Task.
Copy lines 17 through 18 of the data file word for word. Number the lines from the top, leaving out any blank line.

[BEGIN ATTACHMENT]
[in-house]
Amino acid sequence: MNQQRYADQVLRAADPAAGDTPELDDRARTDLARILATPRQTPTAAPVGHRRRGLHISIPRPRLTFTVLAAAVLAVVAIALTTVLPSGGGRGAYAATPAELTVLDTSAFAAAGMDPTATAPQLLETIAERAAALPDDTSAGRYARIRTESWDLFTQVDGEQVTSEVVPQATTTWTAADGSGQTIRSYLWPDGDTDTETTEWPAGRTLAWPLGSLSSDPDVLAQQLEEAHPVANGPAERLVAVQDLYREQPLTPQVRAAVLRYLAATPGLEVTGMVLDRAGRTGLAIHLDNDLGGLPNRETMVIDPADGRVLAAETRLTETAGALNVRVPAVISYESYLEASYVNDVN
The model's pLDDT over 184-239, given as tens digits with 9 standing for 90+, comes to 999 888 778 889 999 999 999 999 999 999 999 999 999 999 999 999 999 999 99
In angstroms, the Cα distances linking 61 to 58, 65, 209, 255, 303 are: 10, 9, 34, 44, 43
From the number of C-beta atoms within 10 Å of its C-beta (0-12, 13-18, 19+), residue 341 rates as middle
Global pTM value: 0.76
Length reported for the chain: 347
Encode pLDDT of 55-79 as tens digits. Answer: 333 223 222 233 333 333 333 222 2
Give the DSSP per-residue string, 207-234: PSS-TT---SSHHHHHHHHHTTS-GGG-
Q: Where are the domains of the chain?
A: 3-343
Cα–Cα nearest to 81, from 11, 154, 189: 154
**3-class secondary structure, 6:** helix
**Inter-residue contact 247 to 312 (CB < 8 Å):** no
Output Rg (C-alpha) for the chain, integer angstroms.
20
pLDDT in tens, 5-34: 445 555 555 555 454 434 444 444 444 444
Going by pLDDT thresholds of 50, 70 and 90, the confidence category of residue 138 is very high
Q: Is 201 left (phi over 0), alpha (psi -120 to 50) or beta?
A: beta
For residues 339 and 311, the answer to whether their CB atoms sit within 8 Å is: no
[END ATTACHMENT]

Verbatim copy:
pLDDT in tens, 5-34: 445 555 555 555 454 434 444 444 444 444
Going by pLDDT thresholds of 50, 70 and 90, the confidence category of residue 138 is very high